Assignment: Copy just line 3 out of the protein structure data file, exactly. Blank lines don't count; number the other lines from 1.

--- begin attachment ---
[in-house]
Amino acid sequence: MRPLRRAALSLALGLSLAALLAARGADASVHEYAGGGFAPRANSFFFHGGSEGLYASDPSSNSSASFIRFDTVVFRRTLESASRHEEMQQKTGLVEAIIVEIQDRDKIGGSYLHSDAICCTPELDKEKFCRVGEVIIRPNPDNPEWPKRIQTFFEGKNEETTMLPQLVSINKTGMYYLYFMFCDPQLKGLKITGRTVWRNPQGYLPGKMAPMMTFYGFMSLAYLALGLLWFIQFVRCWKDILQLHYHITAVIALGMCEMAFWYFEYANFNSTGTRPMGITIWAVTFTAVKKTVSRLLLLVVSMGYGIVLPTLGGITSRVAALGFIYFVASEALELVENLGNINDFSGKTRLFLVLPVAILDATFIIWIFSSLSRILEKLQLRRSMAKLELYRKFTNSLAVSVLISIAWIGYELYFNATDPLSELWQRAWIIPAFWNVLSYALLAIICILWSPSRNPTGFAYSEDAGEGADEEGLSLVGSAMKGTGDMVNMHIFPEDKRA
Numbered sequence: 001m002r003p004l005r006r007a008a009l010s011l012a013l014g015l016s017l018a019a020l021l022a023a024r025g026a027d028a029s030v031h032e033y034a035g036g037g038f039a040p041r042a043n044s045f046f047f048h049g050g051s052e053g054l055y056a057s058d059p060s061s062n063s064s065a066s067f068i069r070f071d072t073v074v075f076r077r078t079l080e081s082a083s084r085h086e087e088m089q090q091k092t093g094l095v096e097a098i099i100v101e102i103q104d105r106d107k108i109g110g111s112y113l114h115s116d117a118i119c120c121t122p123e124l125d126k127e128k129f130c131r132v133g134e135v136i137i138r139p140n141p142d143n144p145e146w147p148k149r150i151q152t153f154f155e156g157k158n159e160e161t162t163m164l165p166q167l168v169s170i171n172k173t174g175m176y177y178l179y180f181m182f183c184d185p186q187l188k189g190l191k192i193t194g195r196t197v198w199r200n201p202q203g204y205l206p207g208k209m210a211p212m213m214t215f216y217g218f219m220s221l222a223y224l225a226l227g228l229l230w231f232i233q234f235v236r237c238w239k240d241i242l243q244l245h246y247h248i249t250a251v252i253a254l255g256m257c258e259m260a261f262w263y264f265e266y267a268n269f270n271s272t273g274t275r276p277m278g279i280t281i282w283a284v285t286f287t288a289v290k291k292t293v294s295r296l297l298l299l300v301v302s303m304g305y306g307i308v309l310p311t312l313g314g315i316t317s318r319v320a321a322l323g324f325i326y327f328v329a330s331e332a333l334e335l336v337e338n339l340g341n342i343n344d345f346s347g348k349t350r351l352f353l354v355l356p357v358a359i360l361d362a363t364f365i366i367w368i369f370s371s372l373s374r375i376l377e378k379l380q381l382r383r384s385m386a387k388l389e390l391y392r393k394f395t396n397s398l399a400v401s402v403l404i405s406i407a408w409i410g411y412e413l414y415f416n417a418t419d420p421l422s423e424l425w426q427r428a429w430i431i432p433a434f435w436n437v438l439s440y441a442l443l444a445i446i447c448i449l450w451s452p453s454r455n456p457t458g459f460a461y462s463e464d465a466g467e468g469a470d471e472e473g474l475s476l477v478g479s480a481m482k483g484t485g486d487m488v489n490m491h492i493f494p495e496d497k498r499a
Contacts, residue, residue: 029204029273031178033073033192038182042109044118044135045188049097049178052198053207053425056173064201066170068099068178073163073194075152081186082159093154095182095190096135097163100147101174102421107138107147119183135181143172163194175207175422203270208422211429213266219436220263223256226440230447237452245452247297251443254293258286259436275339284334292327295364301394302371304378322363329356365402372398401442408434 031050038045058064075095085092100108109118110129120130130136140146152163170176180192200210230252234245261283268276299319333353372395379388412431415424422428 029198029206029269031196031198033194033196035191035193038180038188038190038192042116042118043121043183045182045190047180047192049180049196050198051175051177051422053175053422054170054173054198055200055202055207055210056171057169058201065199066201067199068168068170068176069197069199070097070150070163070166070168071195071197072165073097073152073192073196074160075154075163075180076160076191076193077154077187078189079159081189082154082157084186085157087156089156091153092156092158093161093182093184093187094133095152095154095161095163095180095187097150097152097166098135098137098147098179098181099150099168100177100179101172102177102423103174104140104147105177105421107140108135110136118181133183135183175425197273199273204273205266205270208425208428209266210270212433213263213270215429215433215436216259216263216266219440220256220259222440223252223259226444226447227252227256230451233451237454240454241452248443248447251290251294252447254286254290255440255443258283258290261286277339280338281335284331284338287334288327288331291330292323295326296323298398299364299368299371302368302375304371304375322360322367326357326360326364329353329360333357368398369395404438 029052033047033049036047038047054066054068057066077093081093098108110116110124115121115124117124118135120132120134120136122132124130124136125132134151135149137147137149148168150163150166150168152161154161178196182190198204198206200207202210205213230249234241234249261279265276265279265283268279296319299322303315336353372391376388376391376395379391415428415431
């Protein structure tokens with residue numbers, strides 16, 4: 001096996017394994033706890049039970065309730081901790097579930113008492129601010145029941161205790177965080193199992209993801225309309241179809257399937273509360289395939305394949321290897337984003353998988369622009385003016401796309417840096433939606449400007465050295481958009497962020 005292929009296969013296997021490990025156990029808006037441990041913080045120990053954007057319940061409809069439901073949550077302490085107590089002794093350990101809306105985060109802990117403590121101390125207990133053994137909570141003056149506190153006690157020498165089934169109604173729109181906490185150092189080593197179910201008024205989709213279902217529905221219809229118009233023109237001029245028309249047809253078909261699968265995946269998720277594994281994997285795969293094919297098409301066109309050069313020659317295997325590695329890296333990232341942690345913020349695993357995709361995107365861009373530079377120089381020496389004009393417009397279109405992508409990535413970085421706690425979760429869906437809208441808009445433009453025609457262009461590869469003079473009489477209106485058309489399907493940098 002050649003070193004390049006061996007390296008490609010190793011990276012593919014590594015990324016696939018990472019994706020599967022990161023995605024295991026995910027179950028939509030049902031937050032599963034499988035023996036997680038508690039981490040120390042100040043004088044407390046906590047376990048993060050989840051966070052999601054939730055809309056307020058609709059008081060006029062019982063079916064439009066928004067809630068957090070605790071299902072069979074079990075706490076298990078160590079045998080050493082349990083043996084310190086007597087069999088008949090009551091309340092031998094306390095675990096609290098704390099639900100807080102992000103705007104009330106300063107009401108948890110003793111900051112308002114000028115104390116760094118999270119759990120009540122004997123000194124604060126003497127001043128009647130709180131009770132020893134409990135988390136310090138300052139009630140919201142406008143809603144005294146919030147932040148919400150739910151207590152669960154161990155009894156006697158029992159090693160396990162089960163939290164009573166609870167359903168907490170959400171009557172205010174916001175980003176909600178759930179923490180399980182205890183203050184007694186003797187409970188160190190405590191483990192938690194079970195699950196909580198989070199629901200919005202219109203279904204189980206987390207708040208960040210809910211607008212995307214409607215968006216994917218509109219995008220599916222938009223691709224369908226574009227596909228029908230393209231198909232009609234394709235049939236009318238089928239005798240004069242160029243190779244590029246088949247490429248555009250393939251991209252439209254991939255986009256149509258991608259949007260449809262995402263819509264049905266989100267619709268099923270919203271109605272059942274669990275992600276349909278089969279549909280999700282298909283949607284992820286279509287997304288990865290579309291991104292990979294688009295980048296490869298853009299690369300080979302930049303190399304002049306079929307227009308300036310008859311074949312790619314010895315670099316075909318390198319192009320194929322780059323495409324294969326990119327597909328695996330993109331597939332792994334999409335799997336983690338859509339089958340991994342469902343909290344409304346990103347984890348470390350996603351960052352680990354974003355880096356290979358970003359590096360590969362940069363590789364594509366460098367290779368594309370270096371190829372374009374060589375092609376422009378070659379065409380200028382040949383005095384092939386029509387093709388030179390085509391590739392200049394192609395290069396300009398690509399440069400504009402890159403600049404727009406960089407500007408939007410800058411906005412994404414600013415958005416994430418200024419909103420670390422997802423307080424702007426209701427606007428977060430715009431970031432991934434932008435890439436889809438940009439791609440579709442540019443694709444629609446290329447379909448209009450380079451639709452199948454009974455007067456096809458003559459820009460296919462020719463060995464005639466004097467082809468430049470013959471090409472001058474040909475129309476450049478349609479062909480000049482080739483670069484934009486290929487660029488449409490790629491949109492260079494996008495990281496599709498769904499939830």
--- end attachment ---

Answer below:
Numbered sequence: 001m002r003p004l005r006r007a008a009l010s011l012a013l014g015l016s017l018a019a020l021l022a023a024r025g026a027d028a029s030v031h032e033y034a035g036g037g038f039a040p041r042a043n044s045f046f047f048h049g050g051s052e053g054l055y056a057s058d059p060s061s062n063s064s065a066s067f068i069r070f071d072t073v074v075f076r077r078t079l080e081s082a083s084r085h086e087e088m089q090q091k092t093g094l095v096e097a098i099i100v101e102i103q104d105r106d107k108i109g110g111s112y113l114h115s116d117a118i119c120c121t122p123e124l125d126k127e128k129f130c131r132v133g134e135v136i137i138r139p140n141p142d143n144p145e146w147p148k149r150i151q152t153f154f155e156g157k158n159e160e161t162t163m164l165p166q167l168v169s170i171n172k173t174g175m176y177y178l179y180f181m182f183c184d185p186q187l188k189g190l191k192i193t194g195r196t197v198w199r200n201p202q203g204y205l206p207g208k209m210a211p212m213m214t215f216y217g218f219m220s221l222a223y224l225a226l227g228l229l230w231f232i233q234f235v236r237c238w239k240d241i242l243q244l245h246y247h248i249t250a251v252i253a254l255g256m257c258e259m260a261f262w263y264f265e266y267a268n269f270n271s272t273g274t275r276p277m278g279i280t281i282w283a284v285t286f287t288a289v290k291k292t293v294s295r296l297l298l299l300v301v302s303m304g305y306g307i308v309l310p311t312l313g314g315i316t317s318r319v320a321a322l323g324f325i326y327f328v329a330s331e332a333l334e335l336v337e338n339l340g341n342i343n344d345f346s347g348k349t350r351l352f353l354v355l356p357v358a359i360l361d362a363t364f365i366i367w368i369f370s371s372l373s374r375i376l377e378k379l380q381l382r383r384s385m386a387k388l389e390l391y392r393k394f395t396n397s398l399a400v401s402v403l404i405s406i407a408w409i410g411y412e413l414y415f416n417a418t419d420p421l422s423e424l425w426q427r428a429w430i431i432p433a434f435w436n437v438l439s440y441a442l443l444a445i446i447c448i449l450w451s452p453s454r455n456p457t458g459f460a461y462s463e464d465a466g467e468g469a470d471e472e473g474l475s476l477v478g479s480a481m482k483g484t485g486d487m488v489n490m491h492i493f494p495e496d497k498r499a